Corey Shdaimah, Daniel Thursz Distinguished Professor of Social Justice presented their paper, Creepy Men, Reject Families, and the Policing of Women’s Intimate Relationships in a Prostitution Court at the Annual Meetings of the Law and Society Association, with non-presenting co-authors University of Delaware Professor Chrysanthi Leon and PhD student Todd Becker. Like other forms of problem-solving justice, prostitution courts are designed to (re)shape thinking and behaviors. The authority to surveil and punish stems from the criminalization of sex work, itself an act of control over women and their bodies. The court cues normative behaviors through a system of rewards and punishments based on information gleaned through ongoing surveillance and assessment in and out of court. In this paper, we discuss how Philadelphia’s Project Dawn Court (PDC) regulates women’s intimate and commercial relationships with men. Shdaimah, Leon, and Becker reported that criminal justice professionals explicitly viewed the constant discussion and surveillance of all facets of PDC participants’ lives as a tool to cause participants to internalize particular understandings of normative (and non-normative) relationships. Such normative understandings involve assumptions about which men are “creepy” that do not always reflect women’s lived experiences with men. They also decontextualize relationships in ways that are incompatible with women’s own assessments of these relationships, as well as the systemic forces that shape with whom they associate and how. Professor Shdaimah also chaired a panel featuring chapters in her forthcoming Research Handbook on Law, Social Movements, and Social Change.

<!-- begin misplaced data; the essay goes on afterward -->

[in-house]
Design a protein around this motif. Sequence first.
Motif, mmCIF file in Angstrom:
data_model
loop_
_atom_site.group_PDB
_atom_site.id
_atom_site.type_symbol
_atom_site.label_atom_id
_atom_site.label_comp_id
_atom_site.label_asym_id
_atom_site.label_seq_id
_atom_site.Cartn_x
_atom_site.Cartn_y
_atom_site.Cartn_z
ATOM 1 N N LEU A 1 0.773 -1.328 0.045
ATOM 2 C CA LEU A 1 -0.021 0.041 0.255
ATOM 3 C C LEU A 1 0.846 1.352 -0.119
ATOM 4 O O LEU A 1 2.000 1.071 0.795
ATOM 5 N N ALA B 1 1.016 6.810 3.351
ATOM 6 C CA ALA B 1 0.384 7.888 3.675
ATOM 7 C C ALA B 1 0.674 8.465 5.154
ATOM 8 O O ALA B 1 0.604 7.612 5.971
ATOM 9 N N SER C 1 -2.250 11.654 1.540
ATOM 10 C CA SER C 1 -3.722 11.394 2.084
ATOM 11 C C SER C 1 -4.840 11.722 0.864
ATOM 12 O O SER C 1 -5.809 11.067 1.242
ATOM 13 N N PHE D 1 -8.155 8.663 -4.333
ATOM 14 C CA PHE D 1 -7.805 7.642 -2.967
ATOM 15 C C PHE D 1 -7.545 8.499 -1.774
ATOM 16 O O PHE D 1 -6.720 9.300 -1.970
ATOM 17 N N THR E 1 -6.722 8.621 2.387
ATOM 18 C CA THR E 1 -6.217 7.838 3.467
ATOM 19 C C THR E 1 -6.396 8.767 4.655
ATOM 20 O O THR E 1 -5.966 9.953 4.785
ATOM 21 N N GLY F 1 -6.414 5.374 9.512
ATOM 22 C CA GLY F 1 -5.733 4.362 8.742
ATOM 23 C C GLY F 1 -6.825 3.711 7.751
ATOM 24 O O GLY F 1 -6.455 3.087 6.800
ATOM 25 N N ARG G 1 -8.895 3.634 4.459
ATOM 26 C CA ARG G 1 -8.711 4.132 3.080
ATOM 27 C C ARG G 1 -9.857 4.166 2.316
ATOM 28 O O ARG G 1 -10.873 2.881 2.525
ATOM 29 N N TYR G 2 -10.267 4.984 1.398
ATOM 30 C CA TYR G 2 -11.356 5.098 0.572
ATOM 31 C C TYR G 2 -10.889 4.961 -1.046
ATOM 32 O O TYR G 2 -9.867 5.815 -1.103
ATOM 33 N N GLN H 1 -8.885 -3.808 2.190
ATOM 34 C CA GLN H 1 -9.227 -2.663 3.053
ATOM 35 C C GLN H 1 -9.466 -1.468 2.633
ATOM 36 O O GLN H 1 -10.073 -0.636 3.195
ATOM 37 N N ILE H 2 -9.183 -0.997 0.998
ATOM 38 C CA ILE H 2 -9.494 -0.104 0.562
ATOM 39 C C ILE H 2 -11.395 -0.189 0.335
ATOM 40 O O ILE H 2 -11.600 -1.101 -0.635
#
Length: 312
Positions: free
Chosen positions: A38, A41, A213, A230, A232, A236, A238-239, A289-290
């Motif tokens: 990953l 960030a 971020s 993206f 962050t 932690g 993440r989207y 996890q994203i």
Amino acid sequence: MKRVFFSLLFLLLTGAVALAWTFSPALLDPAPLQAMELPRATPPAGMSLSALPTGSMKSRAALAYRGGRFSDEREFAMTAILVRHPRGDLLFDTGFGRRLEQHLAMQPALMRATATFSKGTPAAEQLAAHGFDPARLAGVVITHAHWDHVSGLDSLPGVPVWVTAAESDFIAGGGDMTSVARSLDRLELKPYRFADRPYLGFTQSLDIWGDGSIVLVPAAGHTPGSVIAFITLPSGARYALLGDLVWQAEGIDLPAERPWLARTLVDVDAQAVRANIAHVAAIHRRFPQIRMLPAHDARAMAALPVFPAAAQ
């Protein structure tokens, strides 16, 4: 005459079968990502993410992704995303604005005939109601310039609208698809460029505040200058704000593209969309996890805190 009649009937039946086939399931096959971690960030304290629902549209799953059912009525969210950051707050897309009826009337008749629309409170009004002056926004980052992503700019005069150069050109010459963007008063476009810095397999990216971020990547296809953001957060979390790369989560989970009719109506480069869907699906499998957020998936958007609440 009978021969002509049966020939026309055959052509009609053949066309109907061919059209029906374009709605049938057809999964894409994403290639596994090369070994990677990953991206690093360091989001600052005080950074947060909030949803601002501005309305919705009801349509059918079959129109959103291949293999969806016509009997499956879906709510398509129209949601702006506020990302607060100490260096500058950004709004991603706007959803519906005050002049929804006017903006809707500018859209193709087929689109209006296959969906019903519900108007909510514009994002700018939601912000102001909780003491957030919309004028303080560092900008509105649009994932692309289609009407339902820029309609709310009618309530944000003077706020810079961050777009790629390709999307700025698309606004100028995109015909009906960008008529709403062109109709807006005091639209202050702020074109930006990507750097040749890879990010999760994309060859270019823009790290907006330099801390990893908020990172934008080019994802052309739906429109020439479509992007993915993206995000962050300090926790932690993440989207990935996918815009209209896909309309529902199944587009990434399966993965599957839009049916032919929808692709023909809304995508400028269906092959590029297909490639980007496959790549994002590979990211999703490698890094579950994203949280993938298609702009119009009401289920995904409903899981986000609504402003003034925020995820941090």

Professor Corey Shdaiman and PhD student Todd Becker Present at the Annual Law and Society Meetings